4. Your provider will use a cotton swab to apply an acetic acid solution (vinegar solution) to your cervix. You may notice a slight burning sensation. The solution helps highlight any suspicious areas.

If your colposcopy shows one or more areas of abnormal tissue, your provider can do a biopsy to remove the tissue for testing.

What is it like to have a biopsy?

Unlike a Pap test, where tissue from your entire cervix gets scraped, colposcopy allows your provider to take tissue samples by scraping cells from select areas. Small pieces of tissue will be removed and sent to a laboratory to see if cancer or precancer cells are present. You may feel mild pressure or a pinch when your provider removes the abnormal tissue.

How painful is a colposcopy?

A colposcopy is relatively painless. You may feel slight pressure when the speculum enters your vagina. You may feel a slight burning or stinging when the solution comes into contact with your cervix. If you need a biopsy, you may feel a sharp pinch or a sensation like a period cramp when the tissue sample is excised. Taking over-the-counter pain relievers before the exam can help with the pain.

What happens after the colposcopy?

You should be able to resume normal activities immediately following your appointment. If you didn’t have a biopsy, you might notice some spotting for the next two days.

If you had a biopsy, you might experience:

  • Light vaginal bleeding that lasts a few days.
  • Slight pain in your vagina that lasts a few days.
  • Vaginal discharge that may appear black or brown (from the acetic solution).

You can use pads to manage any vaginal discharge or bleeding. In the meantime, avoid inserting anything into your vaginal. Allow your cervix time to heal by avoiding penetrative sex, tampons or douching. Ask your provider about how long you should avoid these activities to ensure adequate recovery time.

Results and Follow-Up

What do the results of my colposcopy mean?

The results of your colposcopy and biopsy will determine if you need any treatment. About 40% of people receive results that report no sign of abnormal cells. About 60% need treatment of some kind to address an abnormality. Examples of abnormalities include masses on the cervix, vagina or vulva.

What happens if a colposcopy is abnormal?

Suppose the colposcopy biopsy results reveal early cases of abnormality, like mild cervical dysplasia. In that case, your provider will ask you to repeat the Pap test periodically. Mild dysplasia may go away on its own (tissue returns to normal without treatment). Treatments for more advanced precancer cells include:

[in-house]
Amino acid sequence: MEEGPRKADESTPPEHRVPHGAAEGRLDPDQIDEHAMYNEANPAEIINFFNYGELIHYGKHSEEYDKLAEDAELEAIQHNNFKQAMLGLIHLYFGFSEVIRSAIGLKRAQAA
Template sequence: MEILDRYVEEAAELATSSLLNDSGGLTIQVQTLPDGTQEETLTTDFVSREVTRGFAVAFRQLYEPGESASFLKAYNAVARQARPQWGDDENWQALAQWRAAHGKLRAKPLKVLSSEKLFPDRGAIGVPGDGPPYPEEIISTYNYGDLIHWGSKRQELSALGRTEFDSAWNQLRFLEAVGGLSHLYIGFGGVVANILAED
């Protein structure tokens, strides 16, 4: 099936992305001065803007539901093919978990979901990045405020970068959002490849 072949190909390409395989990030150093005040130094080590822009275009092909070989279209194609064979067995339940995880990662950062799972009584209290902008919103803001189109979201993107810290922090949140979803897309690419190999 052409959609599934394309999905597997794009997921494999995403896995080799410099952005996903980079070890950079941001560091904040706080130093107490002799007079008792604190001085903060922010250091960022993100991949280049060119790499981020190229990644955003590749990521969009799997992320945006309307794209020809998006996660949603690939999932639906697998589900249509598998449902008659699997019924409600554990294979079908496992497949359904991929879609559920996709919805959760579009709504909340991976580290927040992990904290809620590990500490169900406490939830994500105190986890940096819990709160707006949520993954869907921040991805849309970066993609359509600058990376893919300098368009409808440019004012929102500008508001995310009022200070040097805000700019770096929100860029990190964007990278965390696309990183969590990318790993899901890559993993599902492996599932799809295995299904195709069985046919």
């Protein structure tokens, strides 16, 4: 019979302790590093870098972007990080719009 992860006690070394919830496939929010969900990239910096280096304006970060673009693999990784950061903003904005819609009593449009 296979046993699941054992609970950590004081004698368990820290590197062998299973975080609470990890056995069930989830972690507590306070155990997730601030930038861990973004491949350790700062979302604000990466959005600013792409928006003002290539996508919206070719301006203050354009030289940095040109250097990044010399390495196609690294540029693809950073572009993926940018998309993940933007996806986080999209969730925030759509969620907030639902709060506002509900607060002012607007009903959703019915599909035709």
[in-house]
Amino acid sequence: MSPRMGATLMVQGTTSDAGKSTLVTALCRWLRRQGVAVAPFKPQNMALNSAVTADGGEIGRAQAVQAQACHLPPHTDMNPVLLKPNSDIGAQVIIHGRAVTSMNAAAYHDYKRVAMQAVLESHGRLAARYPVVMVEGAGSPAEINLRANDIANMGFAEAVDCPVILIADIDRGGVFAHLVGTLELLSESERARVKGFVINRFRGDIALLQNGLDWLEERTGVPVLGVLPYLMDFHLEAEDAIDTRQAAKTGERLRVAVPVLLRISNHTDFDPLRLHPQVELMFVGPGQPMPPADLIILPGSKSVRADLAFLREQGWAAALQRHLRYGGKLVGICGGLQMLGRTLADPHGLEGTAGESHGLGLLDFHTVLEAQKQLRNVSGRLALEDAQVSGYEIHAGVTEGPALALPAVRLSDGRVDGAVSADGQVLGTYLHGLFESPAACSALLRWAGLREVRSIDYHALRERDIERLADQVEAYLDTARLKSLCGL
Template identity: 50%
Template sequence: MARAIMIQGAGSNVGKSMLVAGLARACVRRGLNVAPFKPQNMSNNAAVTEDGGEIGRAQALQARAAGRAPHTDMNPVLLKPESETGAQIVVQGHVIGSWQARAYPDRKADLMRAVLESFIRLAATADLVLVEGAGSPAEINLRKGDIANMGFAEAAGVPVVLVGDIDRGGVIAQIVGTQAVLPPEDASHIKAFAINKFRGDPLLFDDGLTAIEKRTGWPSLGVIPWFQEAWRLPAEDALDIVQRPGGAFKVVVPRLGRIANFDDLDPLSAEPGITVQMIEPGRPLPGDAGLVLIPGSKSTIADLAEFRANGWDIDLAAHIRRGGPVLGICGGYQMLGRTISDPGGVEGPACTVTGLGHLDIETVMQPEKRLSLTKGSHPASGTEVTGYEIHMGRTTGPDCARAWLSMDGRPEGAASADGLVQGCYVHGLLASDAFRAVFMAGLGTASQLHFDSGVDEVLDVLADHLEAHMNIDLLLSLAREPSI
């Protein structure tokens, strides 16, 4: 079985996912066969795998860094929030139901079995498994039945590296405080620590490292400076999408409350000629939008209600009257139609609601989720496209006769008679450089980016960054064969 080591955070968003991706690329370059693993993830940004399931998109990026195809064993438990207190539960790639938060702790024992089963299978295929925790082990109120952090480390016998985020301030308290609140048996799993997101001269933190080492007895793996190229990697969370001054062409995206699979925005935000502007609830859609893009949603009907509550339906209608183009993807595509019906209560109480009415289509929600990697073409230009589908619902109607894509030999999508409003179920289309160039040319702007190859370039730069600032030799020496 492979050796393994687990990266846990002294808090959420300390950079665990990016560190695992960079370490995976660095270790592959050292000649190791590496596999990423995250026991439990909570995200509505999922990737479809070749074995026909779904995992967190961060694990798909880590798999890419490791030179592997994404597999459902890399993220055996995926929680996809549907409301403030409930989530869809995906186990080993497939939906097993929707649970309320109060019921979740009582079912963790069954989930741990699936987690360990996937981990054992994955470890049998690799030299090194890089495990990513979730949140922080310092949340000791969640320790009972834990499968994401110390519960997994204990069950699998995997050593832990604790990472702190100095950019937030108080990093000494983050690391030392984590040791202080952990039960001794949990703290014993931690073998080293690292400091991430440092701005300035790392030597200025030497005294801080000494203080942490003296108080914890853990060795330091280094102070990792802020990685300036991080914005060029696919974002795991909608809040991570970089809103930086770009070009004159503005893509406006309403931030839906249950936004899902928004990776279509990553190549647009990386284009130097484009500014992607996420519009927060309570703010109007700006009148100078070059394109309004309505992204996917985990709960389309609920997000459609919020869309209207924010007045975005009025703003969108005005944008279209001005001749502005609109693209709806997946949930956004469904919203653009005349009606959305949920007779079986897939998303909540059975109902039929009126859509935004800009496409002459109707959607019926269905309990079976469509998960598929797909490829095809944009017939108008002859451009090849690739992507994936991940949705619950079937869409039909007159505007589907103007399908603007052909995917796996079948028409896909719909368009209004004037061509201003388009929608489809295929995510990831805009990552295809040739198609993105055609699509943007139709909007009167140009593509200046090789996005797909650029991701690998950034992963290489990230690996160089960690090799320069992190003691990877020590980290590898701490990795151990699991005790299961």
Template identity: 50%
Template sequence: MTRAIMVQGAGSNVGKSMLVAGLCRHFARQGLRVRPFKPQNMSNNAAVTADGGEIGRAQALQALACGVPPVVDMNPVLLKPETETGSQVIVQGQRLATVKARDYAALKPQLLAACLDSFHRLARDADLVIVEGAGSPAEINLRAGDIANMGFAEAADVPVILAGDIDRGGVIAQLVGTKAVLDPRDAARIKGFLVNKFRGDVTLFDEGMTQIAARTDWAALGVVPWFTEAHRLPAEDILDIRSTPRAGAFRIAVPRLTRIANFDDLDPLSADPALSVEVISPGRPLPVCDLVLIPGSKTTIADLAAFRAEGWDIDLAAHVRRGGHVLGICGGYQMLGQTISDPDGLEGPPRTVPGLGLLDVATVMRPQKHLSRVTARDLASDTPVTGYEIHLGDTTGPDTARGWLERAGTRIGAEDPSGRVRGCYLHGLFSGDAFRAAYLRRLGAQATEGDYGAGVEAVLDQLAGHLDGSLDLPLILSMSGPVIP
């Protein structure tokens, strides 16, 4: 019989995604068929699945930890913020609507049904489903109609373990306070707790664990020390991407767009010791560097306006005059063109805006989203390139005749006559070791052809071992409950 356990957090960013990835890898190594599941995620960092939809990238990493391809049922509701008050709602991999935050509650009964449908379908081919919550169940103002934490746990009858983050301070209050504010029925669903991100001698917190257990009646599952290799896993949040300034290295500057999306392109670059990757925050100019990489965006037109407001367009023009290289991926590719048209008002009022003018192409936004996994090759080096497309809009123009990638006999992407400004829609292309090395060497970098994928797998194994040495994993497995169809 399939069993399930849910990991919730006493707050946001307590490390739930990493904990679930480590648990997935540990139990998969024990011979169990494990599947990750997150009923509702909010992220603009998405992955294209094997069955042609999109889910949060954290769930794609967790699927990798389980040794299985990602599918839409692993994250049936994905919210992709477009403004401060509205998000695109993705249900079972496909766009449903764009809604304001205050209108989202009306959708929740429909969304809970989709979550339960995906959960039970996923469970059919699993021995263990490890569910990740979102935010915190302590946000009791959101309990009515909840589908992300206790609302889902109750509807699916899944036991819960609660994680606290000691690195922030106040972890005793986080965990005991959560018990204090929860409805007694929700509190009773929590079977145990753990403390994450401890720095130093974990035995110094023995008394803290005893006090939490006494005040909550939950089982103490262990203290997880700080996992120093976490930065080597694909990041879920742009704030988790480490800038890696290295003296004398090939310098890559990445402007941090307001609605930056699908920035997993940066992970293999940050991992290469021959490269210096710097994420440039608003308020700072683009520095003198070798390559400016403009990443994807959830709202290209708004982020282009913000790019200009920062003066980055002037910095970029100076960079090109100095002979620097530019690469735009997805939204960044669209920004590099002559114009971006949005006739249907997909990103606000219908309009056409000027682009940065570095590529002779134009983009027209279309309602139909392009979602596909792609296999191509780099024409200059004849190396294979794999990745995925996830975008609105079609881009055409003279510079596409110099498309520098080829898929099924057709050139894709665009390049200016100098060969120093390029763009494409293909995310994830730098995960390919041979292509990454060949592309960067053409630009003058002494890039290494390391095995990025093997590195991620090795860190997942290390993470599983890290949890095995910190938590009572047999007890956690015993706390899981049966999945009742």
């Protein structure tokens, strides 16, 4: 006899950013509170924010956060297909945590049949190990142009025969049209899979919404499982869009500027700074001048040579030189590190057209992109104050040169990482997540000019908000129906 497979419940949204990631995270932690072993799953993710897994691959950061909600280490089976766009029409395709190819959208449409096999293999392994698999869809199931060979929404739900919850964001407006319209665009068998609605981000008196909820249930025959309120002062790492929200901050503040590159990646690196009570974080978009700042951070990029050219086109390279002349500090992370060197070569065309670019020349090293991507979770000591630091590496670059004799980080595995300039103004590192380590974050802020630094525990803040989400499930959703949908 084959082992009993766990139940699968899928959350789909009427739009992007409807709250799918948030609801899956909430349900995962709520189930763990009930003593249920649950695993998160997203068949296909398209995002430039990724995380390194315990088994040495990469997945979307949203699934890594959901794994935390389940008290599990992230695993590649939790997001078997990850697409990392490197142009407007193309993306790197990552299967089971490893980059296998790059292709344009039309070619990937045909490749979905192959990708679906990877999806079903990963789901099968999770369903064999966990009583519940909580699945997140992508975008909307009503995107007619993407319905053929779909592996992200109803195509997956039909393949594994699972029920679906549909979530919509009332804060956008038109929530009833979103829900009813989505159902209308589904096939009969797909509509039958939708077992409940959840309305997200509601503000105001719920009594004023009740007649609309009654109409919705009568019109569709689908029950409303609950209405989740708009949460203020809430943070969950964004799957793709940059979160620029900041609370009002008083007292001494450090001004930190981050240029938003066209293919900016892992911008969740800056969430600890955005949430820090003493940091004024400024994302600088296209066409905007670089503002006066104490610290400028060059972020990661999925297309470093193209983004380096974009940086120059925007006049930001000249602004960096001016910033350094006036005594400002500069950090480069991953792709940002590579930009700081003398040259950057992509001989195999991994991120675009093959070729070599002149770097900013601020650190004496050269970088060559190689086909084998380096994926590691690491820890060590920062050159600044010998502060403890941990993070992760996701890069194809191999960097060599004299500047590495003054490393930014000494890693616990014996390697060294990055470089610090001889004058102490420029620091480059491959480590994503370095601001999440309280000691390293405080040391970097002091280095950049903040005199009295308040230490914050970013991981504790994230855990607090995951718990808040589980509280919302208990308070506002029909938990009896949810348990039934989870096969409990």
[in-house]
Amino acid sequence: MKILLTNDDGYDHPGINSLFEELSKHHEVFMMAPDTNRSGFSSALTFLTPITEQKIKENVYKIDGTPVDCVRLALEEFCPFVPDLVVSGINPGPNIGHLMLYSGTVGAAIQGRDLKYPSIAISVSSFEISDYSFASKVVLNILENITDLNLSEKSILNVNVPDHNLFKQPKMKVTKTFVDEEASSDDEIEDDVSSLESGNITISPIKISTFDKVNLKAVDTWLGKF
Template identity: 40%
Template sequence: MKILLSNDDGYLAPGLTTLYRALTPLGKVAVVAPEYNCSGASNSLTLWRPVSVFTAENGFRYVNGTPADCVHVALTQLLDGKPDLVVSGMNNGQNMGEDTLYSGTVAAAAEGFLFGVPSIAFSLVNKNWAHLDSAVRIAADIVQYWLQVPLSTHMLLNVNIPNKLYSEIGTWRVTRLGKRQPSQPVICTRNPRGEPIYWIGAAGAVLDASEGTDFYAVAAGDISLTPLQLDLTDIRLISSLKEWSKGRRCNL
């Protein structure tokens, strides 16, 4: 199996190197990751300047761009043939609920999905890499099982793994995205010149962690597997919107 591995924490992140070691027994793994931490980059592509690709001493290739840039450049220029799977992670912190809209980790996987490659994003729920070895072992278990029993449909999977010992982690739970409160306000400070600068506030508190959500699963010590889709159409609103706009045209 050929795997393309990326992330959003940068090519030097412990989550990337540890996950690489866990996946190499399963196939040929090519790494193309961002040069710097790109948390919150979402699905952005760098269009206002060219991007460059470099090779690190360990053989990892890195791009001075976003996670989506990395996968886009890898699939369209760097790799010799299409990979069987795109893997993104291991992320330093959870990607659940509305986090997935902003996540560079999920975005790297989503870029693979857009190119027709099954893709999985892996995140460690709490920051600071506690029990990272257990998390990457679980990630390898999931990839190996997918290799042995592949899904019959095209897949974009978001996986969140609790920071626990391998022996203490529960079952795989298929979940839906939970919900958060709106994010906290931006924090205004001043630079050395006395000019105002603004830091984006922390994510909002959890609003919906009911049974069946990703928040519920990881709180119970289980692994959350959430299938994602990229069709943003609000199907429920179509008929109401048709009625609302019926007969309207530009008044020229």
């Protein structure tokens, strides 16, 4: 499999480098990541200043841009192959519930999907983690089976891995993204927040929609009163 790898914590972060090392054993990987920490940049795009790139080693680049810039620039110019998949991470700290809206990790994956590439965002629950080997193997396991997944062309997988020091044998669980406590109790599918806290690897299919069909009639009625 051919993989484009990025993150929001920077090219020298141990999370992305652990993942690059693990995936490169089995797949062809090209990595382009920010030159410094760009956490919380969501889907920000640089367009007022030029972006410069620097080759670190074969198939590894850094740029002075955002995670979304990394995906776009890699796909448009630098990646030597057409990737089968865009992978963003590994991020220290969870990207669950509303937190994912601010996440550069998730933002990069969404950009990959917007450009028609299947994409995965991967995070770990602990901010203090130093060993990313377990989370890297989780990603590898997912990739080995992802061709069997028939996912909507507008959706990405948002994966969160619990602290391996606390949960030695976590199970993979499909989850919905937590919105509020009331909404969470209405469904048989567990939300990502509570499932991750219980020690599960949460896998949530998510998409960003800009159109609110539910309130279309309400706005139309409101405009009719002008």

• Loop electrosurgical incision procedure (LEEP). An electricity-powered wire loop destroys any abnormal cells.
  • Cone biopsy. A cone-shaped sample of tissue that includes the abnormal cells is removed from your cervix.
  • Cryotherapy. Cold chemicals, like liquid nitrogen, destroy any abnormal cells.
  • Laser surgery. A heated laser beam destroys any abnormal cells.

In more serious cases, you may need surgery to remove your entire uterus. Ask your provider about any follow-up testing that is needed after surgery.

When should I know the results of the test?

Biopsy results usually arrive within two to 10 days. Ask your provider about when you should expect results and how key findings will be communicated with you.

When should I call my healthcare provider?

Colposcopy is a relatively safe procedure with few side effects. But you should call your provider if you notice any of the following symptoms:

  • Severe pain in your pelvis or lower belly.
  • Heavy bleeding (more blood loss than you usually experience during your period).
  • Symptoms of an infection, like a foul-smelling vaginal discharge that’s thicker than usual, fever and chills.

A note from Cleveland Clinic

Learning that you’ll need follow-up testing because you’ve had abnormal test results is scary. Colposcopy is a simple, relatively painless procedure that can give you peace of mind from worry. Colposcopy can help your healthcare provider identify any cancer or precancerous cells early so that you get the treatment you need. Cervical cancer that’s diagnosed and treated early can be cured. Coloscopy can rule out cancer, too. Discuss your concerns about cancer risk and potential outcomes with your provider as you prepare for the day of your exam.

Medically Reviewed

Last reviewed on 05/19/2022.